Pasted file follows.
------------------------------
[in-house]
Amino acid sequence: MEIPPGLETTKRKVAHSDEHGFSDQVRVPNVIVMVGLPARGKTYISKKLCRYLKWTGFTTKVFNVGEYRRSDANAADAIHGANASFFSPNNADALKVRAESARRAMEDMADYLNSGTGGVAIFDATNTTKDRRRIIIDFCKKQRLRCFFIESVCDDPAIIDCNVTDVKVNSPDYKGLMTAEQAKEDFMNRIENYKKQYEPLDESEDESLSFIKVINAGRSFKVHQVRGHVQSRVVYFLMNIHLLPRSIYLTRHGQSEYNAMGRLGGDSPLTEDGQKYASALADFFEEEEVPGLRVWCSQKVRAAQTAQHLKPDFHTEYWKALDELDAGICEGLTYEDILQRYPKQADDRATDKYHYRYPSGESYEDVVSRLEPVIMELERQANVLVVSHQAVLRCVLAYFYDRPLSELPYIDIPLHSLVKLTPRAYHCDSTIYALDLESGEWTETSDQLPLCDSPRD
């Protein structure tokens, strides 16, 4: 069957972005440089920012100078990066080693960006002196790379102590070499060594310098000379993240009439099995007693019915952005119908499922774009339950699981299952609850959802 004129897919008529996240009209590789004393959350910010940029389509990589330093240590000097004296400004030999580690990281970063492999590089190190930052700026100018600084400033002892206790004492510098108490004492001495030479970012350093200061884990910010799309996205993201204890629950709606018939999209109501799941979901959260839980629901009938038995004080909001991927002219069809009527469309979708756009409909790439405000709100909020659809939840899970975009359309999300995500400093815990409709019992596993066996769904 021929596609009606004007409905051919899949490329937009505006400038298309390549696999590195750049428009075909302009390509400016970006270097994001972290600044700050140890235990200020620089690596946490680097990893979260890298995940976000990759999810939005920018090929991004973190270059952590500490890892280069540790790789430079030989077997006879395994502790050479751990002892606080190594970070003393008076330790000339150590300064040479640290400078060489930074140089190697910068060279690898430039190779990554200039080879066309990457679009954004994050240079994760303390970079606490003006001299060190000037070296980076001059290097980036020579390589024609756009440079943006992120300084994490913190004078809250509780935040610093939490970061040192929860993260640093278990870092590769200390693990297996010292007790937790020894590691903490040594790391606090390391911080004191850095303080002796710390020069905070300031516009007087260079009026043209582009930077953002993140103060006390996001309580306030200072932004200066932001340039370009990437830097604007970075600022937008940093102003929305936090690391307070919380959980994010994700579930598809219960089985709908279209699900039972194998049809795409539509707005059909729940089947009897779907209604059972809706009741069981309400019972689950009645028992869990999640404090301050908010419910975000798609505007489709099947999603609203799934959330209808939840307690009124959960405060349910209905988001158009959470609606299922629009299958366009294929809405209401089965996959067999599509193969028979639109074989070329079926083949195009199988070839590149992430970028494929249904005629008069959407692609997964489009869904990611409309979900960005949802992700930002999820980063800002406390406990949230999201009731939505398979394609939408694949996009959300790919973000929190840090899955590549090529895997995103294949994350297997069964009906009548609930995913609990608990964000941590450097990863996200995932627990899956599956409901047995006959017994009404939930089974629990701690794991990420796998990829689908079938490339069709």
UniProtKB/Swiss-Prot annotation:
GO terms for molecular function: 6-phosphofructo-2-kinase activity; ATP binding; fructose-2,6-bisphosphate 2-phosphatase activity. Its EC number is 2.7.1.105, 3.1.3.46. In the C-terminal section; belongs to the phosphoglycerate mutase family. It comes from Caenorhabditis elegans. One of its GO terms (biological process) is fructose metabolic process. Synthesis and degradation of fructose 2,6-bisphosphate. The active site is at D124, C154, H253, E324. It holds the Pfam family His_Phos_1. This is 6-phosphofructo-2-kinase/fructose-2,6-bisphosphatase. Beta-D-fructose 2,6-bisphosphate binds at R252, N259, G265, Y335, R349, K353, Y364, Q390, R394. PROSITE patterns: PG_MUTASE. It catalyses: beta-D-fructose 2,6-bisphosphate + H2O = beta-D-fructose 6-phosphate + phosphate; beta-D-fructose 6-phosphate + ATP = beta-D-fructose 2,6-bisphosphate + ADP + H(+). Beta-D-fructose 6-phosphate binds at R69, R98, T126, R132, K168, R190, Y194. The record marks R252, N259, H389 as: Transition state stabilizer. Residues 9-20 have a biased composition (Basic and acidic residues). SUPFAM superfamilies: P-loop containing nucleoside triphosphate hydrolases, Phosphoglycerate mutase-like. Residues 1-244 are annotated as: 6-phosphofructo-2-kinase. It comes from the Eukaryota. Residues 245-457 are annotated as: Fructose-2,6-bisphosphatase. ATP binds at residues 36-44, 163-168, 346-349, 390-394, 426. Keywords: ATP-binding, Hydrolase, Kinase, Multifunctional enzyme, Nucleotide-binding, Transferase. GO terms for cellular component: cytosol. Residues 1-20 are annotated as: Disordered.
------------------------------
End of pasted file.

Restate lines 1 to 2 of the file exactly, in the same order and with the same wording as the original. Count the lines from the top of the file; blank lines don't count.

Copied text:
[in-house]
Amino acid sequence: MEIPPGLETTKRKVAHSDEHGFSDQVRVPNVIVMVGLPARGKTYISKKLCRYLKWTGFTTKVFNVGEYRRSDANAADAIHGANASFFSPNNADALKVRAESARRAMEDMADYLNSGTGGVAIFDATNTTKDRRRIIIDFCKKQRLRCFFIESVCDDPAIIDCNVTDVKVNSPDYKGLMTAEQAKEDFMNRIENYKKQYEPLDESEDESLSFIKVINAGRSFKVHQVRGHVQSRVVYFLMNIHLLPRSIYLTRHGQSEYNAMGRLGGDSPLTEDGQKYASALADFFEEEEVPGLRVWCSQKVRAAQTAQHLKPDFHTEYWKALDELDAGICEGLTYEDILQRYPKQADDRATDKYHYRYPSGESYEDVVSRLEPVIMELERQANVLVVSHQAVLRCVLAYFYDRPLSELPYIDIPLHSLVKLTPRAYHCDSTIYALDLESGEWTETSDQLPLCDSPRD